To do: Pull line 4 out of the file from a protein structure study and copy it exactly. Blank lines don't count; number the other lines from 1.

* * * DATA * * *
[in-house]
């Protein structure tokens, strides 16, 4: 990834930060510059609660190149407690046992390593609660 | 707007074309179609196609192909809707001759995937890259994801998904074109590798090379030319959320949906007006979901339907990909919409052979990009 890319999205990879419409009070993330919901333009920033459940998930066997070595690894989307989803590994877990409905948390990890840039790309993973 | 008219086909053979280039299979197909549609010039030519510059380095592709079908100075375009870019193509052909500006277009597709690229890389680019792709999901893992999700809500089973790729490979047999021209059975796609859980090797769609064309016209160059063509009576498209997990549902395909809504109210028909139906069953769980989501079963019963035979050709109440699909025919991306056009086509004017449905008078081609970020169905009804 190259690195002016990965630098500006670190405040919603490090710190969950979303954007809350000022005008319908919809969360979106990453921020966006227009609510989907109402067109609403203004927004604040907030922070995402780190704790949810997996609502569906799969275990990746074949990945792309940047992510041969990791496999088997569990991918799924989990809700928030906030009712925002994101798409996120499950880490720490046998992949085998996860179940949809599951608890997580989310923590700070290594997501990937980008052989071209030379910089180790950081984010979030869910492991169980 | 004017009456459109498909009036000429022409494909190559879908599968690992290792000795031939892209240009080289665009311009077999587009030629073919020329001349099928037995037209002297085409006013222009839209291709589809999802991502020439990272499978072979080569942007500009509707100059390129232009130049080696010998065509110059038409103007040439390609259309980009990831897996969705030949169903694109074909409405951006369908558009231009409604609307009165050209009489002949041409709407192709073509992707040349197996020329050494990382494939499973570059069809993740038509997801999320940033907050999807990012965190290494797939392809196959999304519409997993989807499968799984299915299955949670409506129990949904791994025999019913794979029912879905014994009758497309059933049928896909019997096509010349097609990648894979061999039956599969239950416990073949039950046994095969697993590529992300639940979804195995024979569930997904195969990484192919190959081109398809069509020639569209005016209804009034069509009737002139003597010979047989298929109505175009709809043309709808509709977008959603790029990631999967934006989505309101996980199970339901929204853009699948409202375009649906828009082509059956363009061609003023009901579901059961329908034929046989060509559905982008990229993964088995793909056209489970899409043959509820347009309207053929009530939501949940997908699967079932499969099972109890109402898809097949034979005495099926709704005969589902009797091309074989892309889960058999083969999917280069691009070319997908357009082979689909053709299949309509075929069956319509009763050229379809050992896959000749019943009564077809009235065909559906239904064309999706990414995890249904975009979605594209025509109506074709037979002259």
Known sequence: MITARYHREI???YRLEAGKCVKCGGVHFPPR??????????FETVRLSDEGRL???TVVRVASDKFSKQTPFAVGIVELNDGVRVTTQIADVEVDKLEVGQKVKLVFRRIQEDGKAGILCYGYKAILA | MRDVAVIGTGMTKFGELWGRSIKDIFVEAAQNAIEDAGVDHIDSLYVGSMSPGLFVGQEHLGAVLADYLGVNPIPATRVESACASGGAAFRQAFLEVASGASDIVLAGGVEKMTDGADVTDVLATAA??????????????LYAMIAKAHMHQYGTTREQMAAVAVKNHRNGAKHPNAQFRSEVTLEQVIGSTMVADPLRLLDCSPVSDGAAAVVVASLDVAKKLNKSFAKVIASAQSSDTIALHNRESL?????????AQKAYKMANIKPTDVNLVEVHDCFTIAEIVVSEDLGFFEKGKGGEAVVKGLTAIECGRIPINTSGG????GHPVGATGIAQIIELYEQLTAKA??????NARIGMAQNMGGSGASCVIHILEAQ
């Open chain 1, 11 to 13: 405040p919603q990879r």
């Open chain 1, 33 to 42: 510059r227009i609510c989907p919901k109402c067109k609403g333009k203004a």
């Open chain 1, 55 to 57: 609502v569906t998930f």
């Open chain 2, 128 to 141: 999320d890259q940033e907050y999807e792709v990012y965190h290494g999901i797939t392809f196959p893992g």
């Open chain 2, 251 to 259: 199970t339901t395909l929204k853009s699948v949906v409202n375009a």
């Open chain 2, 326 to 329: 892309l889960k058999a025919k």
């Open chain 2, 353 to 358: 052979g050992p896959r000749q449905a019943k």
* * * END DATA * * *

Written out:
């Open chain 1, 11 to 13: 405040p919603q990879r």